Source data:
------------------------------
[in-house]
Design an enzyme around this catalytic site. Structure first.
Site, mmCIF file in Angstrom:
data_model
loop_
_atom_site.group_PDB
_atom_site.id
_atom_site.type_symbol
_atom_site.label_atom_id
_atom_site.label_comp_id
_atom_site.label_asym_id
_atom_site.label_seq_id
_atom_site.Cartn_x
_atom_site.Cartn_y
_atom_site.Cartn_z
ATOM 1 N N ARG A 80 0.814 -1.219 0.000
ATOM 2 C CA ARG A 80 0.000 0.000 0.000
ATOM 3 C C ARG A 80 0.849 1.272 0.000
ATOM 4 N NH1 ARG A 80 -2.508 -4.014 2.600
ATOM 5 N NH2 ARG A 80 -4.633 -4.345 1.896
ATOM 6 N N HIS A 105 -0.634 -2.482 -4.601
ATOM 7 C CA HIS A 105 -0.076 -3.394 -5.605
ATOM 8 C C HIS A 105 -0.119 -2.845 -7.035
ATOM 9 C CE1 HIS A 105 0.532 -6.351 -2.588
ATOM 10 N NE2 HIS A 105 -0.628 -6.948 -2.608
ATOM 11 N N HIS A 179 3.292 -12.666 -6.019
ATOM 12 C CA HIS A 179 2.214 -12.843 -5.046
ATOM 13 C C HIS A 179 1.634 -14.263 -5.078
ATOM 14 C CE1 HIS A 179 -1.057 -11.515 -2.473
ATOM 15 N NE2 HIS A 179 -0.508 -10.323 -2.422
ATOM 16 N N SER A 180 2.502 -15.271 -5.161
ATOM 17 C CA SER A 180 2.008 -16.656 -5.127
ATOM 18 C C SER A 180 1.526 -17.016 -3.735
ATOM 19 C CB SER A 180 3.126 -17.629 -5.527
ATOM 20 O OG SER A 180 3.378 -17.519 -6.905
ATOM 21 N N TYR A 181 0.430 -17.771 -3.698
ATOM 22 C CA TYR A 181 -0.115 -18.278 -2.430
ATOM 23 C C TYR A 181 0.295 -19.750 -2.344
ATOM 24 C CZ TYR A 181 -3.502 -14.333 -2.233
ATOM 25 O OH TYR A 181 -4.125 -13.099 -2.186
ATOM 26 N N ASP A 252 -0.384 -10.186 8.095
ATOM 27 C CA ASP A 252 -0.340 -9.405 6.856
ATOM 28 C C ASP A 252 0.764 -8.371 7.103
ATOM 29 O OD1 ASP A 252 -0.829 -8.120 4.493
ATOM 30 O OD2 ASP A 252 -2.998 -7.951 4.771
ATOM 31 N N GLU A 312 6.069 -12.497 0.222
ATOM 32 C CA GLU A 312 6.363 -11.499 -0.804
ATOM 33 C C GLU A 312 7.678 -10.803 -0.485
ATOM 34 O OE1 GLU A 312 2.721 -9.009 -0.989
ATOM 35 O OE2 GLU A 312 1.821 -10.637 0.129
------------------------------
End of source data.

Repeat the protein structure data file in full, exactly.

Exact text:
[in-house]
Design an enzyme around this catalytic site. Structure first.
Site, mmCIF file in Angstrom:
data_model
loop_
_atom_site.group_PDB
_atom_site.id
_atom_site.type_symbol
_atom_site.label_atom_id
_atom_site.label_comp_id
_atom_site.label_asym_id
_atom_site.label_seq_id
_atom_site.Cartn_x
_atom_site.Cartn_y
_atom_site.Cartn_z
ATOM 1 N N ARG A 80 0.814 -1.219 0.000
ATOM 2 C CA ARG A 80 0.000 0.000 0.000
ATOM 3 C C ARG A 80 0.849 1.272 0.000
ATOM 4 N NH1 ARG A 80 -2.508 -4.014 2.600
ATOM 5 N NH2 ARG A 80 -4.633 -4.345 1.896
ATOM 6 N N HIS A 105 -0.634 -2.482 -4.601
ATOM 7 C CA HIS A 105 -0.076 -3.394 -5.605
ATOM 8 C C HIS A 105 -0.119 -2.845 -7.035
ATOM 9 C CE1 HIS A 105 0.532 -6.351 -2.588
ATOM 10 N NE2 HIS A 105 -0.628 -6.948 -2.608
ATOM 11 N N HIS A 179 3.292 -12.666 -6.019
ATOM 12 C CA HIS A 179 2.214 -12.843 -5.046
ATOM 13 C C HIS A 179 1.634 -14.263 -5.078
ATOM 14 C CE1 HIS A 179 -1.057 -11.515 -2.473
ATOM 15 N NE2 HIS A 179 -0.508 -10.323 -2.422
ATOM 16 N N SER A 180 2.502 -15.271 -5.161
ATOM 17 C CA SER A 180 2.008 -16.656 -5.127
ATOM 18 C C SER A 180 1.526 -17.016 -3.735
ATOM 19 C CB SER A 180 3.126 -17.629 -5.527
ATOM 20 O OG SER A 180 3.378 -17.519 -6.905
ATOM 21 N N TYR A 181 0.430 -17.771 -3.698
ATOM 22 C CA TYR A 181 -0.115 -18.278 -2.430
ATOM 23 C C TYR A 181 0.295 -19.750 -2.344
ATOM 24 C CZ TYR A 181 -3.502 -14.333 -2.233
ATOM 25 O OH TYR A 181 -4.125 -13.099 -2.186
ATOM 26 N N ASP A 252 -0.384 -10.186 8.095
ATOM 27 C CA ASP A 252 -0.340 -9.405 6.856
ATOM 28 C C ASP A 252 0.764 -8.371 7.103
ATOM 29 O OD1 ASP A 252 -0.829 -8.120 4.493
ATOM 30 O OD2 ASP A 252 -2.998 -7.951 4.771
ATOM 31 N N GLU A 312 6.069 -12.497 0.222
ATOM 32 C CA GLU A 312 6.363 -11.499 -0.804
ATOM 33 C C GLU A 312 7.678 -10.803 -0.485
ATOM 34 O OE1 GLU A 312 2.721 -9.009 -0.989
ATOM 35 O OE2 GLU A 312 1.821 -10.637 0.129